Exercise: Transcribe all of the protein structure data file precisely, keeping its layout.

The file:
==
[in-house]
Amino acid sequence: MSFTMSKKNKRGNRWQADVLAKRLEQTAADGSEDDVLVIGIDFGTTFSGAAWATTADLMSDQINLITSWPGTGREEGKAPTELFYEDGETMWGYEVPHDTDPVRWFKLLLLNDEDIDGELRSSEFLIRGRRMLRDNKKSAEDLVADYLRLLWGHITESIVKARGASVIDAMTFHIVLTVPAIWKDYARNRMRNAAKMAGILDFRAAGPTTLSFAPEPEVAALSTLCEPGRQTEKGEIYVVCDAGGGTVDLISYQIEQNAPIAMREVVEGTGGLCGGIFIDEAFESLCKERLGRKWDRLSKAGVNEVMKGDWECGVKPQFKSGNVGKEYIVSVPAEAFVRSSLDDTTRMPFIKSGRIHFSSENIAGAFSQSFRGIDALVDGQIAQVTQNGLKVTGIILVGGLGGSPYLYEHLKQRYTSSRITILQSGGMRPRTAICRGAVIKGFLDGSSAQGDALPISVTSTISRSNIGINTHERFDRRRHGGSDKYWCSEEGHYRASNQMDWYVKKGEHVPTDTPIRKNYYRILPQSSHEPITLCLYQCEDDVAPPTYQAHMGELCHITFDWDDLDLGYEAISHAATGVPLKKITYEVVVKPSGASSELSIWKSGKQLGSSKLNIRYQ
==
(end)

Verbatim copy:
[in-house]
Amino acid sequence: MSFTMSKKNKRGNRWQADVLAKRLEQTAADGSEDDVLVIGIDFGTTFSGAAWATTADLMSDQINLITSWPGTGREEGKAPTELFYEDGETMWGYEVPHDTDPVRWFKLLLLNDEDIDGELRSSEFLIRGRRMLRDNKKSAEDLVADYLRLLWGHITESIVKARGASVIDAMTFHIVLTVPAIWKDYARNRMRNAAKMAGILDFRAAGPTTLSFAPEPEVAALSTLCEPGRQTEKGEIYVVCDAGGGTVDLISYQIEQNAPIAMREVVEGTGGLCGGIFIDEAFESLCKERLGRKWDRLSKAGVNEVMKGDWECGVKPQFKSGNVGKEYIVSVPAEAFVRSSLDDTTRMPFIKSGRIHFSSENIAGAFSQSFRGIDALVDGQIAQVTQNGLKVTGIILVGGLGGSPYLYEHLKQRYTSSRITILQSGGMRPRTAICRGAVIKGFLDGSSAQGDALPISVTSTISRSNIGINTHERFDRRRHGGSDKYWCSEEGHYRASNQMDWYVKKGEHVPTDTPIRKNYYRILPQSSHEPITLCLYQCEDDVAPPTYQAHMGELCHITFDWDDLDLGYEAISHAATGVPLKKITYEVVVKPSGASSELSIWKSGKQLGSSKLNIRYQ